Isolation and characterization of a metal-reducing Pseudomonas sp. strain 135 with amide-degrading capability
AbstractThe presence of both heavy metals and organic xenobiotic pollutants in a contaminated site justifies the application of either a multitude of microbial degraders or microorganisms having the capacity to detoxify a number of pollutants at the same time. Molybdenum is an essential heavy metal that is toxic to ruminants at a high level. Ruminants such as cow and goats experience severe hypocuprosis leading to scouring and death at a concentration as low as several parts per million. In this study, a molybdenum-reducing bacterium with amide-degrading capacity has been isolated from contaminated soils. The bacterium, using glucose as the best electron donor reduces molybdenum in the form of sodium molybdate to molybdenum blue. The maximal pH reduction occurs between 6.0 and 6.3, and the bacterium showed an excellent reduction in temperatures between 25 and 40 oC. The reduction was maximal at molybdate concentrations of between 15 and 25 mM. Molybdenum reduction incidentally was inhibited by several toxic heavy metals. Other carbon sources including toxic xenobiotics such as amides were screened for their ability to support molybdate reduction. Of all the amides, only acrylamide can support molybdenum reduction. The other amides; such as acetamide and propionamide can support growth. Analysis using phylogenetic analysis resulted in a tentative identification of the bacterium as Pseudomonas sp. strain 135. This bacterium is essential in remediating sites contaminated with molybdenum, especially in agricultural soil co-contaminated with acrylamide, a known soil stabilizer.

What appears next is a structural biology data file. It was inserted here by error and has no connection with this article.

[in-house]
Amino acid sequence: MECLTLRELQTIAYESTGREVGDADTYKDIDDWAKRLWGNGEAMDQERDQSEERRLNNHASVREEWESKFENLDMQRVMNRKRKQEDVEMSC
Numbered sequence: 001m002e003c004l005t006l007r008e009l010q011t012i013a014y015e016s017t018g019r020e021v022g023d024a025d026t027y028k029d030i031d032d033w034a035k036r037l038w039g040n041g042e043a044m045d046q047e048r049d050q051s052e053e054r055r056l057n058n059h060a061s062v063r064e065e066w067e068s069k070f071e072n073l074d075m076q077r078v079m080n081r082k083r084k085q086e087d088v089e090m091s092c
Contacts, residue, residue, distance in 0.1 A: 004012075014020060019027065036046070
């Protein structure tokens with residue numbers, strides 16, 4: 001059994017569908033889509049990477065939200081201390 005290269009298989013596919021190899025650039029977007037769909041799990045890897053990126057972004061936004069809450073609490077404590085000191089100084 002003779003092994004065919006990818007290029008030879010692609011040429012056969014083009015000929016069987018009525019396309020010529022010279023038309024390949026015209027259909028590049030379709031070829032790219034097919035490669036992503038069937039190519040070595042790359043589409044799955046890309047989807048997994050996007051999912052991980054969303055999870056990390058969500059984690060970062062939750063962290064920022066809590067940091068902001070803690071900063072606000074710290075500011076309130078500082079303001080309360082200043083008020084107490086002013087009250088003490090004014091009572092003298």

How to Cite
YAKASAI, Mohd Hafeez et al. Isolation and characterization of a metal-reducing Pseudomonas sp. strain 135 with amide-degrading capability. Bioremediation Science and Technology Research, [S.l.], v. 5, n. 2, p. 32-38, dec. 2017. ISSN 2289-5892. Available at: <http://journal.hibiscuspublisher.com/index.php/BSTR/article/view/361>. Date accessed: 16 aug. 2018.
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